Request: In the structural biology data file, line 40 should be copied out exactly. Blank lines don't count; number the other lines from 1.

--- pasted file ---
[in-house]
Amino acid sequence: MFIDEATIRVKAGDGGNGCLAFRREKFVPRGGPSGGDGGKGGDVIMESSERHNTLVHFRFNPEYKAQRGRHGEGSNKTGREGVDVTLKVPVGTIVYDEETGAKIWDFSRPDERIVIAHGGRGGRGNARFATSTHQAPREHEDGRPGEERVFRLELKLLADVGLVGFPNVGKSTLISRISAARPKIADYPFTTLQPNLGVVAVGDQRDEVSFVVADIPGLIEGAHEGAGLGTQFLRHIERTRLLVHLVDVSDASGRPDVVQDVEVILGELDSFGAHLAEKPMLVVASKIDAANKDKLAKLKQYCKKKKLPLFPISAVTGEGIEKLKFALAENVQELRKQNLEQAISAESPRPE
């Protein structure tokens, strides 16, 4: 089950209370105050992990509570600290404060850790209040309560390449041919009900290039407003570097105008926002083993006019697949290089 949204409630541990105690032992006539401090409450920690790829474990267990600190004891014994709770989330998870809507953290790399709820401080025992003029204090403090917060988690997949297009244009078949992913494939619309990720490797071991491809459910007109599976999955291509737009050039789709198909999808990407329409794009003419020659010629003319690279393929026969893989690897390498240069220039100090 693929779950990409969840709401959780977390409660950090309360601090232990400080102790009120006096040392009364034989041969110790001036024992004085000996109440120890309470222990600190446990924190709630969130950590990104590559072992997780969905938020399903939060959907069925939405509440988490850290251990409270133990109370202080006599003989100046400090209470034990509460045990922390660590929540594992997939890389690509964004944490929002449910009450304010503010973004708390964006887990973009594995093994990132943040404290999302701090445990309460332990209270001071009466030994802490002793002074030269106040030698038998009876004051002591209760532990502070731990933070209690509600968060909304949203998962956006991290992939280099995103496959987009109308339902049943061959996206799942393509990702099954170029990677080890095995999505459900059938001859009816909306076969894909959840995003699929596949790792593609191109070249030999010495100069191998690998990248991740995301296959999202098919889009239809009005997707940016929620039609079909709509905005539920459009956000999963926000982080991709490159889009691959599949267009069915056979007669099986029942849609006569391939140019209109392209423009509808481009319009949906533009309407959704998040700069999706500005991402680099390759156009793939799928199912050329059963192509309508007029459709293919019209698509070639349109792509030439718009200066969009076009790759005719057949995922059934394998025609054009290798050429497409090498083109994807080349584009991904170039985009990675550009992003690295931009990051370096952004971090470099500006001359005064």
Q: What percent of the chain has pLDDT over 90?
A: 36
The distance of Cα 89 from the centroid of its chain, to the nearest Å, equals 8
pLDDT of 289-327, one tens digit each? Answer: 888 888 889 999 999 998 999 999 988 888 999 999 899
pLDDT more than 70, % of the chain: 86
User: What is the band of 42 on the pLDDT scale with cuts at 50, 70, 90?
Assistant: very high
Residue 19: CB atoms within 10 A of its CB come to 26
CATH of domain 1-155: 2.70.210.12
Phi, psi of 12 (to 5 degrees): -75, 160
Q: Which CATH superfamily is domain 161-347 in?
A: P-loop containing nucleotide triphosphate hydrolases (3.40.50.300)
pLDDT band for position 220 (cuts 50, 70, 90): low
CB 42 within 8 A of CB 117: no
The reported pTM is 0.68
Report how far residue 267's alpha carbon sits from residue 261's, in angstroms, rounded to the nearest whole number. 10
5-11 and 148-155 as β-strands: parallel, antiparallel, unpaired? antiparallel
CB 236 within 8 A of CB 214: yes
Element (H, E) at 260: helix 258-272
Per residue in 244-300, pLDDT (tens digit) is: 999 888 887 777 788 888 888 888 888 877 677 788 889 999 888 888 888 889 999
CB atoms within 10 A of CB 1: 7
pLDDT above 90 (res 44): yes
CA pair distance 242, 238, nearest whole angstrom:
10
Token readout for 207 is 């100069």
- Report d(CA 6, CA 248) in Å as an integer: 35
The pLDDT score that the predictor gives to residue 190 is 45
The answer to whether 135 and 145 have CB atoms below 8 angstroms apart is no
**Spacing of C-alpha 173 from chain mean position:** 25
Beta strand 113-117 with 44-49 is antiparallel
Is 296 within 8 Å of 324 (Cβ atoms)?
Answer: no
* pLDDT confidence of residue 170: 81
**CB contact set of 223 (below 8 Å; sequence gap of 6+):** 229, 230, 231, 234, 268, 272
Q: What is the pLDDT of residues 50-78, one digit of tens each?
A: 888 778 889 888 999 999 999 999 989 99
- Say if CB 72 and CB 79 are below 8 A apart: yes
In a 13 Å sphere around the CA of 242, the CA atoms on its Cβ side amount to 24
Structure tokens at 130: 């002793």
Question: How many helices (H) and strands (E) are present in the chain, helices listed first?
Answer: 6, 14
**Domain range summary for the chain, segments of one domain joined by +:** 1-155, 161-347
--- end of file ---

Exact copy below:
- Say if CB 72 and CB 79 are below 8 A apart: yes